FAMILY TIES. Keiji Tachikawa, DoCoMo's charismatic chief executive, doesn't appear to be alarmed. He plans to fight the competition through a network of friendly alliances--a strategy that will likely include taking equity stakes in companies based mainly in Asia. Tachikawa is betting that hostile takeovers of the sort Vodafone has pursued will be a turn-off in Asia. Shunning those tactics, DoCoMo plans to woo Asian operators with funds and state-of-the-art technology.

Tachikawa has plenty of cash to power his expansion. DoCoMo's 1999 operating profits are expected to hit $5 billion, on revenues of $36 billion. Perhaps more important, DoCoMo represents a potent legacy--one that was once referred to as Japan Inc. Through the 1970s and '80s, NTT and its family of powerful equipment suppliers--Fujitsu, NEC, and Hitachi among them--embodied some of Japan's most successful industrial policies.

This government-led industrial model looked like a liability during Japan's long recession. But today, newcomers like DoCoMo and its tightly knit content, equipment, and service suppliers can draw on those old family strengths. Giant NTT still owns 67% of DoCoMo. The market cap of both companies combined makes a hostile takeover unthinkable. At the same time, a stratospheric valuation could be currency for DoCoMo's own M&A designs down the road.

For Japanese makers of mobile equipment and handsets, hard hit by recession, things haven't looked this promising in years. The local wireless market is expected to be worth $100 billion by 2003, vs. $18 billion in 1999, according to the Mobile Office Promotion Assn. About 60% of the 2003 tally will be generated by wireless Internet services, excluding hardware.

Today's head start could hand Japan a leadership role when the mobile Net goes global. DoCoMo's innovators would reap licenses on standards they hew. And their umbrella of Internet content suppliers and equipment makers would get a leg up in global markets. Japan has long lagged behind the U.S. in PC and Internet penetration, largely because of a lack of familiarity with the keyboard. But personal electronics are another story. This is the country that gave the world the calculator, the Walkman, the pocket TV, the Game Boy, and the camcorder. Millions of Japanese grew up playing video and pocket computer games--the so-called push-button generation. Many are now migrating to Net-ready cellular handsets, often bypassing home computers altogether. They form a perfect testing ground for new Net appliances.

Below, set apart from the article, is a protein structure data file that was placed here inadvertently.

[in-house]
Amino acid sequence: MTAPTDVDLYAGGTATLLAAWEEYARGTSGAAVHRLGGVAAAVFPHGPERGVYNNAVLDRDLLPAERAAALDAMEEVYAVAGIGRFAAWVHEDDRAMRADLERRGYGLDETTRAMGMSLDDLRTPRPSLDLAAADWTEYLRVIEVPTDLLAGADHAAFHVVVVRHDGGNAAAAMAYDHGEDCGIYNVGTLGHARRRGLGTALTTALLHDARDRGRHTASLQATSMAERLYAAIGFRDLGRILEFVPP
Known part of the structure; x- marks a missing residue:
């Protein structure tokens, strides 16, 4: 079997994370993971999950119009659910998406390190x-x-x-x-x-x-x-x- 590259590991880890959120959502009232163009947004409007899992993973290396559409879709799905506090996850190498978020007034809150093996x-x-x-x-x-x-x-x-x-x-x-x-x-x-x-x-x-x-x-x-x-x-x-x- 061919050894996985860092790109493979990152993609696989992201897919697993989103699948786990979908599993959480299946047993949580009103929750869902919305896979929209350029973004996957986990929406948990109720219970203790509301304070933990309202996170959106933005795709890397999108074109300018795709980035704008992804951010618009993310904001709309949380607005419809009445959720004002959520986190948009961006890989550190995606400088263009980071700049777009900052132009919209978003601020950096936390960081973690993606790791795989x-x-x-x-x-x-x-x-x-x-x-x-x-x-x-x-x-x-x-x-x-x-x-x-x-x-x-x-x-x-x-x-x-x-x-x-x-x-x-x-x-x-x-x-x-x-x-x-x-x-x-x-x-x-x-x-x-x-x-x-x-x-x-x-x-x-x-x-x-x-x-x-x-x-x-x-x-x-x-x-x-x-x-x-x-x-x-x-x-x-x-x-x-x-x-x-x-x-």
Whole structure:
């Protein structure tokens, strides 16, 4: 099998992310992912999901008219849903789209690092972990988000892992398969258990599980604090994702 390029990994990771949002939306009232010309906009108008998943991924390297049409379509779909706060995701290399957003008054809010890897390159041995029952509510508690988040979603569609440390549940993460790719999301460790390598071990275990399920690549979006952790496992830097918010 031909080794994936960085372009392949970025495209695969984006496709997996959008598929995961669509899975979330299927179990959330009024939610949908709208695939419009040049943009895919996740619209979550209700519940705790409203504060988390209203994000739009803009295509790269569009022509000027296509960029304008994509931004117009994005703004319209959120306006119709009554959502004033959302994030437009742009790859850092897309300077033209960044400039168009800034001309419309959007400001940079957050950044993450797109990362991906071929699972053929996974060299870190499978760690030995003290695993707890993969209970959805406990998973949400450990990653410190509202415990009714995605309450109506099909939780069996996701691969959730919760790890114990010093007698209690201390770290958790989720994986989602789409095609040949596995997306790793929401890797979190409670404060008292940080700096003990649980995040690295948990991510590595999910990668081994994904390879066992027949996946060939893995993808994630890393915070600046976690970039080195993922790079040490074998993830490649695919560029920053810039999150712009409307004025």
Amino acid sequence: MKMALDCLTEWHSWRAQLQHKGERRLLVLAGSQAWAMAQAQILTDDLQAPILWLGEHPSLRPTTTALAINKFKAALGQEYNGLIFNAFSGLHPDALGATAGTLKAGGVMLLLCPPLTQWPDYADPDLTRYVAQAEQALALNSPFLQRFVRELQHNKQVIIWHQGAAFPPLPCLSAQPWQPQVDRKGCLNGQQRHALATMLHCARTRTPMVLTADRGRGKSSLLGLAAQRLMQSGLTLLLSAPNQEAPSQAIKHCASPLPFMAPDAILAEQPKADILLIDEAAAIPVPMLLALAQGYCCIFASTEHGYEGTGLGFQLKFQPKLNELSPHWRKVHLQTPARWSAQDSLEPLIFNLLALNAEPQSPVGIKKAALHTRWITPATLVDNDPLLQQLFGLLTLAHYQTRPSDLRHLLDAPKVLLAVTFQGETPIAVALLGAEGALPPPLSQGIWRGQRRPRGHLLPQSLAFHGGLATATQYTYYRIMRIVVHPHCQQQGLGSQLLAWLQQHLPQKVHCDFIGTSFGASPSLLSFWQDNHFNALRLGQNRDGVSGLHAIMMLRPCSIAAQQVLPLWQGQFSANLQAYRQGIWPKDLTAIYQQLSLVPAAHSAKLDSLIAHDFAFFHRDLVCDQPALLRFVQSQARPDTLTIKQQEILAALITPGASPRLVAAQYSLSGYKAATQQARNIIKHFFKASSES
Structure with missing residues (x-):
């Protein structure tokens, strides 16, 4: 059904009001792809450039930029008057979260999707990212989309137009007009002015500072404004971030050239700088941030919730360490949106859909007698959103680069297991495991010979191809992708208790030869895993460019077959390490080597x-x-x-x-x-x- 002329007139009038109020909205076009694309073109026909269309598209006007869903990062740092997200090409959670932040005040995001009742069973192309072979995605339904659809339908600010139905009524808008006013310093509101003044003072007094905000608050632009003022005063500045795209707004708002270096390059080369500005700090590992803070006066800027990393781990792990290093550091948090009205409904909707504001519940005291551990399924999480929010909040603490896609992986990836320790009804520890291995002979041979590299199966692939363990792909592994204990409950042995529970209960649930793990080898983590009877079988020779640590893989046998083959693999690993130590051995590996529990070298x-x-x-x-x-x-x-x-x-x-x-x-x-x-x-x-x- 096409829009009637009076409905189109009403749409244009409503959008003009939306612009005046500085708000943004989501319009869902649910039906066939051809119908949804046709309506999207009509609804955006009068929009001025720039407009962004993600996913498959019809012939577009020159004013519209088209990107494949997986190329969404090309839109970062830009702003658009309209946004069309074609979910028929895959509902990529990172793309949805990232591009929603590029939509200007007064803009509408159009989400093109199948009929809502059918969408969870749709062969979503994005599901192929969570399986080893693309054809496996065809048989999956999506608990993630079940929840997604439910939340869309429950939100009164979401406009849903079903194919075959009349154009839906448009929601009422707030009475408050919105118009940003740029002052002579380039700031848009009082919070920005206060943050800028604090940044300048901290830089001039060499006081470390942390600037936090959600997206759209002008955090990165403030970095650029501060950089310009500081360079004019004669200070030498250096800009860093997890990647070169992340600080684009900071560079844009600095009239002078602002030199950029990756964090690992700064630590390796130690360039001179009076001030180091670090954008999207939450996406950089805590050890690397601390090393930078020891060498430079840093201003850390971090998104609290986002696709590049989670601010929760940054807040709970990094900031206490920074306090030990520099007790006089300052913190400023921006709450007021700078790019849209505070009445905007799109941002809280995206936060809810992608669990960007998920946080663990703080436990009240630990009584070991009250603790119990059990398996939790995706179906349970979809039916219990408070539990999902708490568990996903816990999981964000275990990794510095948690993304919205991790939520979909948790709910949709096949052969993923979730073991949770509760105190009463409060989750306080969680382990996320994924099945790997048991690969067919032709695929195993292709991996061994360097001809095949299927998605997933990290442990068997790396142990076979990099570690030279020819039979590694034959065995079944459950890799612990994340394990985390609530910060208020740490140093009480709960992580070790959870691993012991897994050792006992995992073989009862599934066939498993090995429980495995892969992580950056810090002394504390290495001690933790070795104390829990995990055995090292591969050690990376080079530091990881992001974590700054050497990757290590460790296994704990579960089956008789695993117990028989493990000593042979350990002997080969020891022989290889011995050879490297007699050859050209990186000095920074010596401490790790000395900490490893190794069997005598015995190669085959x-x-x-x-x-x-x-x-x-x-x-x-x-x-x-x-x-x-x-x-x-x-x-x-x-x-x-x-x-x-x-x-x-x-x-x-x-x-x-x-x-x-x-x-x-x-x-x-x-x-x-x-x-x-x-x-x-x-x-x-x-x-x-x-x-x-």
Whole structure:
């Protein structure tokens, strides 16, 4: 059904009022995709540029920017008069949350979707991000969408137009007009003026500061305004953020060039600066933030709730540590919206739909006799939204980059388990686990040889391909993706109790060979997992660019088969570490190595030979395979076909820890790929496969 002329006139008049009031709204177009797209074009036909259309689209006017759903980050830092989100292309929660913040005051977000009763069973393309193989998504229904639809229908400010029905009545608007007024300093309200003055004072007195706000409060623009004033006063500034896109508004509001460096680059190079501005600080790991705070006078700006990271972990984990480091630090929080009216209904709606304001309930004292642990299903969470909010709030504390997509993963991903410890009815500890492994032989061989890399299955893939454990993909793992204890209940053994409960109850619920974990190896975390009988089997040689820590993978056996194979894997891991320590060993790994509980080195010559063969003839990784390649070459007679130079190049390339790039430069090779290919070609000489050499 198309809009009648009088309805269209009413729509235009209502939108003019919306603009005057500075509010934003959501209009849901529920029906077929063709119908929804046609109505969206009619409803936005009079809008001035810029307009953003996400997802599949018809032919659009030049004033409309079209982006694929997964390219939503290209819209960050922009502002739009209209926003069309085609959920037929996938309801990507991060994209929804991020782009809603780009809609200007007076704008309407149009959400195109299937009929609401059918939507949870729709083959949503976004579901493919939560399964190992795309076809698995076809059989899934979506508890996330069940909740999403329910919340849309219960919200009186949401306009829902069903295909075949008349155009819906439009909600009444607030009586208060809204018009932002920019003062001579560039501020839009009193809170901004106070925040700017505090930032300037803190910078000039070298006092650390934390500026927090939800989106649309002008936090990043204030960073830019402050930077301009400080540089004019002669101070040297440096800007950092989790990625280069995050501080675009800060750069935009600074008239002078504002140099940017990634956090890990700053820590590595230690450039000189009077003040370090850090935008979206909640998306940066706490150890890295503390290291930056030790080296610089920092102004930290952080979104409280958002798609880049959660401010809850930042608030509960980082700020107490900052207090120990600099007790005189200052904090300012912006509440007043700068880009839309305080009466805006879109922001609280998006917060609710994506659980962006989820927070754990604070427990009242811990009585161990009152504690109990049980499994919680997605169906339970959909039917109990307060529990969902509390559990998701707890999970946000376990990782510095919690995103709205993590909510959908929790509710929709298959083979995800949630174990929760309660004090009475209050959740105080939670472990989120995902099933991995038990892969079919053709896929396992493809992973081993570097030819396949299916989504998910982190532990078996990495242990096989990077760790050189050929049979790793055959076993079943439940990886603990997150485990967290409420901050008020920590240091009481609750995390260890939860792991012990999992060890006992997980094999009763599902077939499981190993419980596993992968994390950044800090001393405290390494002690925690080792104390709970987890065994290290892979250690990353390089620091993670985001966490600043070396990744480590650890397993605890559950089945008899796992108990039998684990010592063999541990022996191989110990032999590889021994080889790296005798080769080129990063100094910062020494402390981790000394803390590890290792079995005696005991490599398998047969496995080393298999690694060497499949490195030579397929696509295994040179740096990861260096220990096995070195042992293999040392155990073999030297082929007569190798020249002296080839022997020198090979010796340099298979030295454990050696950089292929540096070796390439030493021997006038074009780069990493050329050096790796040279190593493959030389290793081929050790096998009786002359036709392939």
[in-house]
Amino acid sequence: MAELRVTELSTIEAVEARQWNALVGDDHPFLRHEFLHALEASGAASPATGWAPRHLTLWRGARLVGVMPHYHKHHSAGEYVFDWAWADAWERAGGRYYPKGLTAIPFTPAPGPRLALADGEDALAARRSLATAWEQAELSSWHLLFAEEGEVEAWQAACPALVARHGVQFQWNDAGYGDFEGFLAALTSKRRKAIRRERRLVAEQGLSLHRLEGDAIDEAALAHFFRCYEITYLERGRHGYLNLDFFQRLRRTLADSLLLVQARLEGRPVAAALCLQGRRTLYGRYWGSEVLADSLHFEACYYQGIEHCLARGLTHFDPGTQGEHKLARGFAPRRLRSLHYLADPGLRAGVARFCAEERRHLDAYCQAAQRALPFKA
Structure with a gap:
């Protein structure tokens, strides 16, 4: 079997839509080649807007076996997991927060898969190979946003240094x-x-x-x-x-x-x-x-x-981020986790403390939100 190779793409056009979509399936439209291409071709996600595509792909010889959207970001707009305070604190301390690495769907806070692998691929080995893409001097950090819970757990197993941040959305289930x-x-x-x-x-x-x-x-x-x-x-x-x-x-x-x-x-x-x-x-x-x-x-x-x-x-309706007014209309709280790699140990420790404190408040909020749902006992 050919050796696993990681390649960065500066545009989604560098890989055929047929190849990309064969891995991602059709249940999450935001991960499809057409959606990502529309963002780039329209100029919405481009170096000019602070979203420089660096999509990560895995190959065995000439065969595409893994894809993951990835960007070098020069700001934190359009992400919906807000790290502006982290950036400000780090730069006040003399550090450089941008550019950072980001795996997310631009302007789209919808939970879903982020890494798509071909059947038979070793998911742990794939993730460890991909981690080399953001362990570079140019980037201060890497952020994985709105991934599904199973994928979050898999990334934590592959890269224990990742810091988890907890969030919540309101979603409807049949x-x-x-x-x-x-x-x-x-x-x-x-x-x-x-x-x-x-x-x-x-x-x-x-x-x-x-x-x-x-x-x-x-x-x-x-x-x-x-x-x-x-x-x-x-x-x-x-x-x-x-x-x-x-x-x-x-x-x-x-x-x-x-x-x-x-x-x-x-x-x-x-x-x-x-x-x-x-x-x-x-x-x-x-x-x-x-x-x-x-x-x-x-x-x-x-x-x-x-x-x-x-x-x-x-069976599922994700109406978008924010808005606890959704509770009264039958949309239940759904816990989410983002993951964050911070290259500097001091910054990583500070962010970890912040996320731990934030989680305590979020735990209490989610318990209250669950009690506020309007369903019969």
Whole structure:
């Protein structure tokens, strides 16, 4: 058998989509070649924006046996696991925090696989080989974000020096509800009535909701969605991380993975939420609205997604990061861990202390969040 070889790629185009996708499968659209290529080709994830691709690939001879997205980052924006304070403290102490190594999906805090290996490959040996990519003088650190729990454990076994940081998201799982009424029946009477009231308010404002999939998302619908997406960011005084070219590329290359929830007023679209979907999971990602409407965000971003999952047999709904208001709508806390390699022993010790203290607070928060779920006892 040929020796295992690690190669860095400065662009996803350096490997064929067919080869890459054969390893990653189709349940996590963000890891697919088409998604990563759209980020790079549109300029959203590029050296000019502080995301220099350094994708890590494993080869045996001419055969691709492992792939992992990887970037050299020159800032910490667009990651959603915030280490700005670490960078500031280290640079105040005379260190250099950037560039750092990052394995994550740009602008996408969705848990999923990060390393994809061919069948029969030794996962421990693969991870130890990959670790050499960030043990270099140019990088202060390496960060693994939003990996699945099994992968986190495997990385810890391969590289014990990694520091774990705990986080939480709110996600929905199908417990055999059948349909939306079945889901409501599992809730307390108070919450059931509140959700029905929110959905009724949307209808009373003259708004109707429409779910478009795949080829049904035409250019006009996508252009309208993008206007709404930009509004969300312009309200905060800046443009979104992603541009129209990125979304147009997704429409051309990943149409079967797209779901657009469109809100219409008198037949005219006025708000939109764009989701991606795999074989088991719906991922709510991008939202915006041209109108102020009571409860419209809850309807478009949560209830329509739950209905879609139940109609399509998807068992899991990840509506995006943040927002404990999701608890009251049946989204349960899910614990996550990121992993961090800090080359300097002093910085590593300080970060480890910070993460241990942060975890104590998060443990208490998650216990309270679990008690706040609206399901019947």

HEADHUNTING. DoCoMo hasn't always been a hot property. In fact, it languished for years inside giant NTT. In 1992, when DoCoMo was partially spun off, few NTT staffers wanted to be assigned to the mobile carrier. At the time, the market was closed, subscription fees were costly, and the phones weighed as much as lunch boxes. What's more, a new technology known as personal communications services ("handyphone" in Japan) seemed poised to push aside other types of digital cellular systems.

But in 1994, the postal ministry liberalized the cell-phone market, domestic competitors with names like DDI, IDO, and TU-KA blossomed, and prices for digital cell phones plummeted. DoCoMo's army of engineers--many inherited from NTT--fought the upstarts by developing the world's smallest cell phones, sharing the specifications with handset makers such as Fujitsu and Matsushita Communication. DoCoMo also blanketed the country with its branded retail shops and came up with a mascot called DoCoMo-chan.

All the while, as DoCoMo's conventional digital service was blossoming, DoCoMo's first president--Koji Ohboshi--was searching to extend the company's business beyond voice to data communications. That task fell to electrical engineer Keiichi Enoki. He did what few Japanese managers dare to do--headhunt. His first catch was Matsunaga, a senior executive at Recruit, a publisher of job information, who had a track record of hatching successful businesses. With her help, he lured the third main team member, Takeshi Natsuno, a supercharged Internet entrepreneur who was running one of Japan's early online startups.